Herbert Samuel was the first British High Commissioner for Palestine during the Mandate (serving from 1920 to 1925), and the second Jew after Benjamin Disraeli to occupy a high-ranking position in the British government. Traditional historians have generally regarded him as an impartial administrator who did not take sides in the emerging conflict between Palestinian Arabs and Zionists in the period following the First World War.
In this carefully researched work, Sahar Huneidi disputes this view. She shows that the political, economic, and administrative measures taken by Samuel during his tenure in Palestine were for the most part designed to prepare the groundwork not only for the "Jewish national home" promised by the Balfour Declaration and the provisions of the Mandate, but also for a fully-fledged Jewish state.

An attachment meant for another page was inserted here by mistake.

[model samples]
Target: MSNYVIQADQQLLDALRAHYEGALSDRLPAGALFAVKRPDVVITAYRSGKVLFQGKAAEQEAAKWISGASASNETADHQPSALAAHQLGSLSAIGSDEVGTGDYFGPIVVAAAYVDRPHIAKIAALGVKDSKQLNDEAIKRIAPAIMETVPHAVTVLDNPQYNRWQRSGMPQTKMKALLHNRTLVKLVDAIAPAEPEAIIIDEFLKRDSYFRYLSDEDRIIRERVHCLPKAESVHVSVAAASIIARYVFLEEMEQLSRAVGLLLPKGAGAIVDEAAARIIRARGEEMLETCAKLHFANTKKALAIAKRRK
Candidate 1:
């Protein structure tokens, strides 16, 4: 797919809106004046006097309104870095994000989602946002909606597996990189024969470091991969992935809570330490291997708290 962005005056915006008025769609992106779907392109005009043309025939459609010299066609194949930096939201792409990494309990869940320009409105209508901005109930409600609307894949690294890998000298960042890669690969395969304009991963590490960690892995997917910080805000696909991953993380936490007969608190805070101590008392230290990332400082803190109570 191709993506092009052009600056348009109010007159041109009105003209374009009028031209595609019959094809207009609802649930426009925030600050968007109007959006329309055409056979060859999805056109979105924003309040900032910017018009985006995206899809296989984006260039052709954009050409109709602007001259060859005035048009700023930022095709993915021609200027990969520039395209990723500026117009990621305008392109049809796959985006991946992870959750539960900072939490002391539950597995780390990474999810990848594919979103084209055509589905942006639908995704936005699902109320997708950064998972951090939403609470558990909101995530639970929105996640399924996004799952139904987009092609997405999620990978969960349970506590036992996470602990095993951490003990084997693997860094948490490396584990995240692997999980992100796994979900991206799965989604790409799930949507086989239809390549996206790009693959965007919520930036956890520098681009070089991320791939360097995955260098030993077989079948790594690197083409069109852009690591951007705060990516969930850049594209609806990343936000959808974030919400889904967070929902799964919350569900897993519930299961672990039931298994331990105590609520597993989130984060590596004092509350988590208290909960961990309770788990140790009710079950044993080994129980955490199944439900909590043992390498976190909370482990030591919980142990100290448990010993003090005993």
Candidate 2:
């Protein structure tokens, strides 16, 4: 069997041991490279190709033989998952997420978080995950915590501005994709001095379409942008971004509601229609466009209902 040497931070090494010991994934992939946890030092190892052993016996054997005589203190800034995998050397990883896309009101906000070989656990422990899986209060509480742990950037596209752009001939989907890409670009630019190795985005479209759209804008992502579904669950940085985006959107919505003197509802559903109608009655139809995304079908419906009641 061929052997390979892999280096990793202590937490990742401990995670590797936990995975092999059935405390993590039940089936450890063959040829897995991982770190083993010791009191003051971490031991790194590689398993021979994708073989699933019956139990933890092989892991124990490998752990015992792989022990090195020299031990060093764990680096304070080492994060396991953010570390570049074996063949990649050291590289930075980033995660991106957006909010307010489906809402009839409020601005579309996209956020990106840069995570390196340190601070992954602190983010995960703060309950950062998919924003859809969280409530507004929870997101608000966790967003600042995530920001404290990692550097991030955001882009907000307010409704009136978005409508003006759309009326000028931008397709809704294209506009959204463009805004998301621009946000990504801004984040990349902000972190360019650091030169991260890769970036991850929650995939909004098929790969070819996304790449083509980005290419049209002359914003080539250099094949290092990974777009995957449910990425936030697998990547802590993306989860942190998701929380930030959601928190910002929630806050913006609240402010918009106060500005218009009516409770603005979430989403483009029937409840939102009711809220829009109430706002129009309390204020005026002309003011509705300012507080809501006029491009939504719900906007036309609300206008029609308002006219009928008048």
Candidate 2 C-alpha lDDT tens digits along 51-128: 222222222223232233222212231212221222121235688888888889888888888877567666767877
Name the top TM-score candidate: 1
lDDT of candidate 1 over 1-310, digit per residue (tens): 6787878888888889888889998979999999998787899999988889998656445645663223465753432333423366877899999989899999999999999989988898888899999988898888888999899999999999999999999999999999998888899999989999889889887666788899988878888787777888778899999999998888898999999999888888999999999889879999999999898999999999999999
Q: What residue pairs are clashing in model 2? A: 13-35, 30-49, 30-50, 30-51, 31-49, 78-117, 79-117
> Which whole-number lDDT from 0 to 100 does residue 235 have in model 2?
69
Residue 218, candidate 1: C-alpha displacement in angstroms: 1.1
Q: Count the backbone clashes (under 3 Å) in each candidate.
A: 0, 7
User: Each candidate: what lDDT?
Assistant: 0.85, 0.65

By drawing on a wide range of primary sources in English and Arabic, both published and unpublished, the author manages to shed new light on Samuel's mission in Palestine against the complex backdrop of British policy in the Middle East, the burgeoning Zionist movement, and the nascent Palestinian national movement. By putting forward a revisionist historical interpretation of the early years of the British Mandate in Palestine, Huneidi presents us with new insights into the history of the bitter conflict between Jewish settlers from Europe and the indigenous Palestinians.
This book will prove to be essential reading for readers specialized in Middle East affairs, international relations, and British diplomatic history, as well as for readers generally interested in the Arab-Israeli conflict.